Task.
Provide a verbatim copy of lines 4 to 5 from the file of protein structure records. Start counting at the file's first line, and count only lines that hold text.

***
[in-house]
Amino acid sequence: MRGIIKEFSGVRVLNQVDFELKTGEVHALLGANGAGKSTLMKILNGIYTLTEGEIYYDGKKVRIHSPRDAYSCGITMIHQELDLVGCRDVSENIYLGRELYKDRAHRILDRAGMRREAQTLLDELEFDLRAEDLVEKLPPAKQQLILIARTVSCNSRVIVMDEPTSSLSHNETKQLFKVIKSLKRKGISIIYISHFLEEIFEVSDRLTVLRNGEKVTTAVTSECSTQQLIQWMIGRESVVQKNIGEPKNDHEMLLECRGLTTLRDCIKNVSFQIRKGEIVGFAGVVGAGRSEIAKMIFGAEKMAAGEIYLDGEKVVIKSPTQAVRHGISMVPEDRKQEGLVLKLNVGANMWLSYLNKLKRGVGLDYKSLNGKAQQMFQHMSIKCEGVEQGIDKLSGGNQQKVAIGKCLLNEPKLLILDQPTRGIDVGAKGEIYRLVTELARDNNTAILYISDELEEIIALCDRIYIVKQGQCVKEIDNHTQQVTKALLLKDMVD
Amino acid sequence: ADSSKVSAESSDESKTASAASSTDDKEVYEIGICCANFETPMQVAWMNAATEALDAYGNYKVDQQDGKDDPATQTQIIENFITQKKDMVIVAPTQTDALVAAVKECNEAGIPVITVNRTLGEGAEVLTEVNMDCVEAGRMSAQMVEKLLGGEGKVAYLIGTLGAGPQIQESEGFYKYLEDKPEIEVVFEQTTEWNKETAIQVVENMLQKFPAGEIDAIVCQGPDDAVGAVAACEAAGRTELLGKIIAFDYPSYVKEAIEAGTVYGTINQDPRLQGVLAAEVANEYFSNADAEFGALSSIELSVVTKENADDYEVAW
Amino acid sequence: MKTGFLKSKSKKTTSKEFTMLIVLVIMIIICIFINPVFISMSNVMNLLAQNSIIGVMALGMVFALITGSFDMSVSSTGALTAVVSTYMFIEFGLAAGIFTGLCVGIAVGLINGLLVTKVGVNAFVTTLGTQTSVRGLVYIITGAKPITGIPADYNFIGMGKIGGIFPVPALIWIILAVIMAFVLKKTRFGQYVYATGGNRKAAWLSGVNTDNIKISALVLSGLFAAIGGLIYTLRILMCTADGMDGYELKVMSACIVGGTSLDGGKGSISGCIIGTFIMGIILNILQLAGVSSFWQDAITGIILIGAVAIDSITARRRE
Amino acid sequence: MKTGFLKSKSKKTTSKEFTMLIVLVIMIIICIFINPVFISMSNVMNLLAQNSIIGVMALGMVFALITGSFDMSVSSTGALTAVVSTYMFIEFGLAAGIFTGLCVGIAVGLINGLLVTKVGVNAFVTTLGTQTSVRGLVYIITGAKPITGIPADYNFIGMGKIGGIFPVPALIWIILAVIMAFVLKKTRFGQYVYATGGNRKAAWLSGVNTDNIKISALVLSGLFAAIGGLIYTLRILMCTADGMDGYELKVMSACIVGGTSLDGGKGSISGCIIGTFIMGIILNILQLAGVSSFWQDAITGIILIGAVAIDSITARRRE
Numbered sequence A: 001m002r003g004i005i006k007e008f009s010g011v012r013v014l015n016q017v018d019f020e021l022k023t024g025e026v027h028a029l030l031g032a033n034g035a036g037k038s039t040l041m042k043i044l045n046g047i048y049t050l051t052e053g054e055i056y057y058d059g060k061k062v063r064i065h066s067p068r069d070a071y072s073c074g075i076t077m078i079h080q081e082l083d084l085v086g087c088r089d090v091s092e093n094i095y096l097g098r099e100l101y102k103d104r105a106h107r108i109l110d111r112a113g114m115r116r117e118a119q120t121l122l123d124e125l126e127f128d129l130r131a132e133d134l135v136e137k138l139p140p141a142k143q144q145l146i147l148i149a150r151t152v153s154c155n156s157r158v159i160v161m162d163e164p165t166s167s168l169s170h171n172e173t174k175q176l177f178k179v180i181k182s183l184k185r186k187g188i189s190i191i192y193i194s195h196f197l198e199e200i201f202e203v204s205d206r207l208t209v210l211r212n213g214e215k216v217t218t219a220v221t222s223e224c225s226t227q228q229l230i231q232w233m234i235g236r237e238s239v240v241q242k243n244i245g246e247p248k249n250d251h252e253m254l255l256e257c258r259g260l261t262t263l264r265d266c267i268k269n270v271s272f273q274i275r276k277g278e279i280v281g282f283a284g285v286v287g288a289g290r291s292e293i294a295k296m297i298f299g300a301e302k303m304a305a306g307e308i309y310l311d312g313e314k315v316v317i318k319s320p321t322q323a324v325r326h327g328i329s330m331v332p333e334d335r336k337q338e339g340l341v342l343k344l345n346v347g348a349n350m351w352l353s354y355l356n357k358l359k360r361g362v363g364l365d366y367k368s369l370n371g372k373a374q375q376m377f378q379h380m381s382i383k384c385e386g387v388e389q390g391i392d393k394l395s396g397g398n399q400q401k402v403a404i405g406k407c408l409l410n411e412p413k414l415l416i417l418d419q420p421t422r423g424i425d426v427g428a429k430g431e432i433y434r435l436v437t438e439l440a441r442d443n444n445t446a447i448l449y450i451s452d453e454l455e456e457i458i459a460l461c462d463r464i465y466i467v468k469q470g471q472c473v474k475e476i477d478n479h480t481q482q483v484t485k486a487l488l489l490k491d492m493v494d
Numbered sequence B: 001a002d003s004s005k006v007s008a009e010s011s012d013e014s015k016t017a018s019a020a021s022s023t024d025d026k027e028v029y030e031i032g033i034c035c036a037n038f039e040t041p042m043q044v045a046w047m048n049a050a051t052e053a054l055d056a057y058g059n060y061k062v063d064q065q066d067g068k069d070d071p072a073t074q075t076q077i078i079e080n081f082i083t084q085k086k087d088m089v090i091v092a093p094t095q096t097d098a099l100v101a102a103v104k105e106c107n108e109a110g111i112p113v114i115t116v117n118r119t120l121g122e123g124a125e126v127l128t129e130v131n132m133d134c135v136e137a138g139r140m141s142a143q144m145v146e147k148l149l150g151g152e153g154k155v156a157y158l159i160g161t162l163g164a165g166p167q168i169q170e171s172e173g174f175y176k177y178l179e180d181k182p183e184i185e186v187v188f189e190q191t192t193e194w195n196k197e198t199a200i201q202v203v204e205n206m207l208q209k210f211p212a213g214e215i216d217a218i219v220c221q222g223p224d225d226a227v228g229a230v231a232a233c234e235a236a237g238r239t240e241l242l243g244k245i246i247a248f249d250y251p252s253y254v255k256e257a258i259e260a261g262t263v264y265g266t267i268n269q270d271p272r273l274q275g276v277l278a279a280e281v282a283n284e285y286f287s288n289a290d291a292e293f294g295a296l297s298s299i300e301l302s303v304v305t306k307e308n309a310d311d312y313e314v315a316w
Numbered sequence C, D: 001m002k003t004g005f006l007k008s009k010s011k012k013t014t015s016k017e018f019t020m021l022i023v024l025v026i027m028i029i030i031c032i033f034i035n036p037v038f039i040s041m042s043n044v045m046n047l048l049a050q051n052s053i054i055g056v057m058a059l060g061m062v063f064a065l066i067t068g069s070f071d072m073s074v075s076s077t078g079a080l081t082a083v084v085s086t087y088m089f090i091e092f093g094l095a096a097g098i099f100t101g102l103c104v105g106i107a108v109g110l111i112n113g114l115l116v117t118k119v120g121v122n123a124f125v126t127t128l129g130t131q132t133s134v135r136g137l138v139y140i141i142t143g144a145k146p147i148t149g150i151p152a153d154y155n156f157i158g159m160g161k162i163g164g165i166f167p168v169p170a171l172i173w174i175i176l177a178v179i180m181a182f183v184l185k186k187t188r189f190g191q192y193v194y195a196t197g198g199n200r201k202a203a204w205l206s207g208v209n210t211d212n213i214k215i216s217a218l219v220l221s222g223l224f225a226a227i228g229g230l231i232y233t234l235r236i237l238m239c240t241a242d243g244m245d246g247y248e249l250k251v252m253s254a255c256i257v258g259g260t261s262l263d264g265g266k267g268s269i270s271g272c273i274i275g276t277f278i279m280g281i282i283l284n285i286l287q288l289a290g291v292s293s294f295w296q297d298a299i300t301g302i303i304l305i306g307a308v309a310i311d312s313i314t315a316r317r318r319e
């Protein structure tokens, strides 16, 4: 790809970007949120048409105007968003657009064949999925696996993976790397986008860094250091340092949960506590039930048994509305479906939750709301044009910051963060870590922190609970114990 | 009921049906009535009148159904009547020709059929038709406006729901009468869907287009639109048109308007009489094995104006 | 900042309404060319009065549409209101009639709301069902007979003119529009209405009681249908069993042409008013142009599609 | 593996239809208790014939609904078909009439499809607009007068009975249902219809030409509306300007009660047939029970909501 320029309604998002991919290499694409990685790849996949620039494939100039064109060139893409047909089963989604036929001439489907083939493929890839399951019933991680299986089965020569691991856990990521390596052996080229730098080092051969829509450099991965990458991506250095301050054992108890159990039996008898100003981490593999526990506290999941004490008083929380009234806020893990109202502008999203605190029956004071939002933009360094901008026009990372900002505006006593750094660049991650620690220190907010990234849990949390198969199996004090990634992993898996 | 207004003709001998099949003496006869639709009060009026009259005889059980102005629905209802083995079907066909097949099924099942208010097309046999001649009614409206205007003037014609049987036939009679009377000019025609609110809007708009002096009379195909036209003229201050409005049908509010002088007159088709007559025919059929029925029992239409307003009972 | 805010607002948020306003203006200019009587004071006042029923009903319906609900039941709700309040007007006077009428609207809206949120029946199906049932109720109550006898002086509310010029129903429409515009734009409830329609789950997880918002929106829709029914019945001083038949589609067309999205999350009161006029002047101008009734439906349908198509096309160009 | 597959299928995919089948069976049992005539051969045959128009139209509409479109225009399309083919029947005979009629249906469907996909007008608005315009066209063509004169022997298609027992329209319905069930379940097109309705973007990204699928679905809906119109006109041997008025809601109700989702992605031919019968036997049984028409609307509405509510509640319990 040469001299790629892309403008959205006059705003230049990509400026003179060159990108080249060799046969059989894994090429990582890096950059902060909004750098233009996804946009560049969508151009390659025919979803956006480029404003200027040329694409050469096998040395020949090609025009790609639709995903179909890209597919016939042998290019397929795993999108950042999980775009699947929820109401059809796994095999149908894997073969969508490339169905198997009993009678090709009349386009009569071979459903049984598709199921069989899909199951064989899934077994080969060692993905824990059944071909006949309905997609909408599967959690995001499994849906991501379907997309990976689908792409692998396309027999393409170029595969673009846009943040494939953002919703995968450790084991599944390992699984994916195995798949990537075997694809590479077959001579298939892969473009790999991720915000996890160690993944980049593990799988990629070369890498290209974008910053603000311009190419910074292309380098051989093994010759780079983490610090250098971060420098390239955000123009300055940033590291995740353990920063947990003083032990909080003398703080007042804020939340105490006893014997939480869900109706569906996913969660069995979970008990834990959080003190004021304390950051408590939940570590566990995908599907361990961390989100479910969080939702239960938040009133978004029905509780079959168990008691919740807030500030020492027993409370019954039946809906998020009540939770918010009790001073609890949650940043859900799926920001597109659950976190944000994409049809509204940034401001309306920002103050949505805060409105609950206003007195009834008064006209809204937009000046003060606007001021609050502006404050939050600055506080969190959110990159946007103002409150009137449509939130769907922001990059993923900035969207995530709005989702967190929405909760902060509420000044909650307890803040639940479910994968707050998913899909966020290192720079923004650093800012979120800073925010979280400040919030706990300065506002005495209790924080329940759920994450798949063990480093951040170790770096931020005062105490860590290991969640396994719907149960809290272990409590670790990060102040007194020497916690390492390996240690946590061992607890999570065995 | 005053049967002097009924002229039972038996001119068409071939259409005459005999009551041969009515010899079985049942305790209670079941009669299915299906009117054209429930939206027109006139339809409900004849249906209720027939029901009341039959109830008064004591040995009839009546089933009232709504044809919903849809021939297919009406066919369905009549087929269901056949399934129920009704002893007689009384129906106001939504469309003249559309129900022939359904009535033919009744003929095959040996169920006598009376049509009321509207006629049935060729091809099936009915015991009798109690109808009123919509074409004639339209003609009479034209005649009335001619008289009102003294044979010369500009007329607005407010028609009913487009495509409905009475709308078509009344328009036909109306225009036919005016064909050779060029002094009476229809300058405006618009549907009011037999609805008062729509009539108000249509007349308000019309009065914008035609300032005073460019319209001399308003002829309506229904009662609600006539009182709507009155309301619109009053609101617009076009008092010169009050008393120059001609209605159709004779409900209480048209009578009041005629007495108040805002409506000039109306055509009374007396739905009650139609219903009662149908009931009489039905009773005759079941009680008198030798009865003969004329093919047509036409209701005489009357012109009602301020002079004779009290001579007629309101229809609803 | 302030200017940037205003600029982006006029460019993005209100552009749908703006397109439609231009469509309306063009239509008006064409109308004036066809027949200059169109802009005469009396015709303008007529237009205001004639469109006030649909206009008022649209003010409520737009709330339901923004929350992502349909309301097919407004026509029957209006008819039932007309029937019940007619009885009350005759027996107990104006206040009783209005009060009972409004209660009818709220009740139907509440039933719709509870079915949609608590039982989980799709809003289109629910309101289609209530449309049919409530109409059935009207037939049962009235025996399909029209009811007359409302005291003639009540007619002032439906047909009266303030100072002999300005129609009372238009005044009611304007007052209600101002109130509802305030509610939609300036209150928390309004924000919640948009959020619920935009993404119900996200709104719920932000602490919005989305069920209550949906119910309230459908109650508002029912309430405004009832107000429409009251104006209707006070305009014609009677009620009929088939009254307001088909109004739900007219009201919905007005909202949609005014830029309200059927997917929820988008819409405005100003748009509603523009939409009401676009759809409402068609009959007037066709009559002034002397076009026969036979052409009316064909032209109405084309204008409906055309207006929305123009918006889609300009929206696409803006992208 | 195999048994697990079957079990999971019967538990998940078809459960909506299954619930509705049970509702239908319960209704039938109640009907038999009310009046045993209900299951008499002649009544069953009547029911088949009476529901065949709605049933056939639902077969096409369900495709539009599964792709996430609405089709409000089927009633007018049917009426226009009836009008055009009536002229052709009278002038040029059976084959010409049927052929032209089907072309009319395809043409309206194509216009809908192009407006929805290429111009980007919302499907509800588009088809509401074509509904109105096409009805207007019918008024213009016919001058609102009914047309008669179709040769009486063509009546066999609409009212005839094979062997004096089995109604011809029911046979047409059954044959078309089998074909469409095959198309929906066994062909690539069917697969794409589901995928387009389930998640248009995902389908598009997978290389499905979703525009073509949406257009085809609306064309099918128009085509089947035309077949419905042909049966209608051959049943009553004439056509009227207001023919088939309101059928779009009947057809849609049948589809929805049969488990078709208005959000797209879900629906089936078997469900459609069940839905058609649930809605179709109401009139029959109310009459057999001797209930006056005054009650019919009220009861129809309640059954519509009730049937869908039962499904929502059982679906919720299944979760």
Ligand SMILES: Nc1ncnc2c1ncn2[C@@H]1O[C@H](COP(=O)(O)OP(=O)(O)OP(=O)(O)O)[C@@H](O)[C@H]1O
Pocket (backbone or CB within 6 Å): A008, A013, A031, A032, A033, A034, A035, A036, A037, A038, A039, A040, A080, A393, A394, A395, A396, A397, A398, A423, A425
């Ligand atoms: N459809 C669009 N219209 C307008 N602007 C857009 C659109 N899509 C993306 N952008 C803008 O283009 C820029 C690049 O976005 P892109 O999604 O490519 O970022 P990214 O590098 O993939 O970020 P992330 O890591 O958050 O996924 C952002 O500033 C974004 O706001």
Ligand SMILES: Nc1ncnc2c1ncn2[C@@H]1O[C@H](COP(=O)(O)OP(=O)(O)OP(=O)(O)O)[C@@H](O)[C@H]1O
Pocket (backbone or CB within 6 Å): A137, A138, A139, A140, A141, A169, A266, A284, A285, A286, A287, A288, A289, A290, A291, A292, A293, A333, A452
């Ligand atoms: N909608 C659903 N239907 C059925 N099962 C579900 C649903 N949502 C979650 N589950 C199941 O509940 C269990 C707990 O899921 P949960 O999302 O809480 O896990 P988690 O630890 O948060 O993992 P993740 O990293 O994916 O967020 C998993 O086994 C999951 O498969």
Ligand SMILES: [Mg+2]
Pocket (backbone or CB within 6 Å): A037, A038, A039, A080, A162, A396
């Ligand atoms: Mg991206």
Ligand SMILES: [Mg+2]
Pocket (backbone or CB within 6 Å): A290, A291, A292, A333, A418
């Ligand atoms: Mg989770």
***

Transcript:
Amino acid sequence: MKTGFLKSKSKKTTSKEFTMLIVLVIMIIICIFINPVFISMSNVMNLLAQNSIIGVMALGMVFALITGSFDMSVSSTGALTAVVSTYMFIEFGLAAGIFTGLCVGIAVGLINGLLVTKVGVNAFVTTLGTQTSVRGLVYIITGAKPITGIPADYNFIGMGKIGGIFPVPALIWIILAVIMAFVLKKTRFGQYVYATGGNRKAAWLSGVNTDNIKISALVLSGLFAAIGGLIYTLRILMCTADGMDGYELKVMSACIVGGTSLDGGKGSISGCIIGTFIMGIILNILQLAGVSSFWQDAITGIILIGAVAIDSITARRRE
Amino acid sequence: MKTGFLKSKSKKTTSKEFTMLIVLVIMIIICIFINPVFISMSNVMNLLAQNSIIGVMALGMVFALITGSFDMSVSSTGALTAVVSTYMFIEFGLAAGIFTGLCVGIAVGLINGLLVTKVGVNAFVTTLGTQTSVRGLVYIITGAKPITGIPADYNFIGMGKIGGIFPVPALIWIILAVIMAFVLKKTRFGQYVYATGGNRKAAWLSGVNTDNIKISALVLSGLFAAIGGLIYTLRILMCTADGMDGYELKVMSACIVGGTSLDGGKGSISGCIIGTFIMGIILNILQLAGVSSFWQDAITGIILIGAVAIDSITARRRE